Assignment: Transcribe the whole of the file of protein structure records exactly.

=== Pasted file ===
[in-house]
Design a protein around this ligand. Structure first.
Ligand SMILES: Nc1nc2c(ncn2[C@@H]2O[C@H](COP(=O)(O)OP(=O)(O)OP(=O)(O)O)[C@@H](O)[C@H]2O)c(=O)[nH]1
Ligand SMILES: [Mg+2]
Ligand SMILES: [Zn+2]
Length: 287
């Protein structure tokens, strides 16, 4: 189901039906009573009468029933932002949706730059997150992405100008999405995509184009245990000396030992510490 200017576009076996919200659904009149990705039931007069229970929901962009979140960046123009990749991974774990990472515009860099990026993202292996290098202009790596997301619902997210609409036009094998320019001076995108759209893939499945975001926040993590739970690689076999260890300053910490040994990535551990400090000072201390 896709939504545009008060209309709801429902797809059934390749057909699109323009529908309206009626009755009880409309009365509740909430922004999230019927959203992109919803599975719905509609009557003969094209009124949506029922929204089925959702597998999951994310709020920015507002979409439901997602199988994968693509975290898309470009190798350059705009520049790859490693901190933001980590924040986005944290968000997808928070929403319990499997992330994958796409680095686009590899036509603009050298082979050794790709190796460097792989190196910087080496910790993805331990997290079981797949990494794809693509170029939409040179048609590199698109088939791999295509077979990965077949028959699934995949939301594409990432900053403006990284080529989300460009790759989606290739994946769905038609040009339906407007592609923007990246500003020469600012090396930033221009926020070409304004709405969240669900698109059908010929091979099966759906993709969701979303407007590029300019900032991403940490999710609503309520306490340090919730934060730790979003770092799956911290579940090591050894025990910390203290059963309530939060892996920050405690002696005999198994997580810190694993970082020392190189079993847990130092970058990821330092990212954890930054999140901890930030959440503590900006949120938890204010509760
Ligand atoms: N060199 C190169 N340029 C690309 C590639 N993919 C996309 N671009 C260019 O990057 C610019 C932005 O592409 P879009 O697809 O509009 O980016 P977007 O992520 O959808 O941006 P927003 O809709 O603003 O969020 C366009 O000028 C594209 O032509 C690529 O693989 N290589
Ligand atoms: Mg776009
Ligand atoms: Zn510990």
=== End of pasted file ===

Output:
[in-house]
Design a protein around this ligand. Structure first.
Ligand SMILES: Nc1nc2c(ncn2[C@@H]2O[C@H](COP(=O)(O)OP(=O)(O)OP(=O)(O)O)[C@@H](O)[C@H]2O)c(=O)[nH]1
Ligand SMILES: [Mg+2]
Ligand SMILES: [Zn+2]
Length: 287
């Protein structure tokens, strides 16, 4: 189901039906009573009468029933932002949706730059997150992405100008999405995509184009245990000396030992510490 200017576009076996919200659904009149990705039931007069229970929901962009979140960046123009990749991974774990990472515009860099990026993202292996290098202009790596997301619902997210609409036009094998320019001076995108759209893939499945975001926040993590739970690689076999260890300053910490040994990535551990400090000072201390 896709939504545009008060209309709801429902797809059934390749057909699109323009529908309206009626009755009880409309009365509740909430922004999230019927959203992109919803599975719905509609009557003969094209009124949506029922929204089925959702597998999951994310709020920015507002979409439901997602199988994968693509975290898309470009190798350059705009520049790859490693901190933001980590924040986005944290968000997808928070929403319990499997992330994958796409680095686009590899036509603009050298082979050794790709190796460097792989190196910087080496910790993805331990997290079981797949990494794809693509170029939409040179048609590199698109088939791999295509077979990965077949028959699934995949939301594409990432900053403006990284080529989300460009790759989606290739994946769905038609040009339906407007592609923007990246500003020469600012090396930033221009926020070409304004709405969240669900698109059908010929091979099966759906993709969701979303407007590029300019900032991403940490999710609503309520306490340090919730934060730790979003770092799956911290579940090591050894025990910390203290059963309530939060892996920050405690002696005999198994997580810190694993970082020392190189079993847990130092970058990821330092990212954890930054999140901890930030959440503590900006949120938890204010509760
Ligand atoms: N060199 C190169 N340029 C690309 C590639 N993919 C996309 N671009 C260019 O990057 C610019 C932005 O592409 P879009 O697809 O509009 O980016 P977007 O992520 O959808 O941006 P927003 O809709 O603003 O969020 C366009 O000028 C594209 O032509 C690529 O693989 N290589
Ligand atoms: Mg776009
Ligand atoms: Zn510990």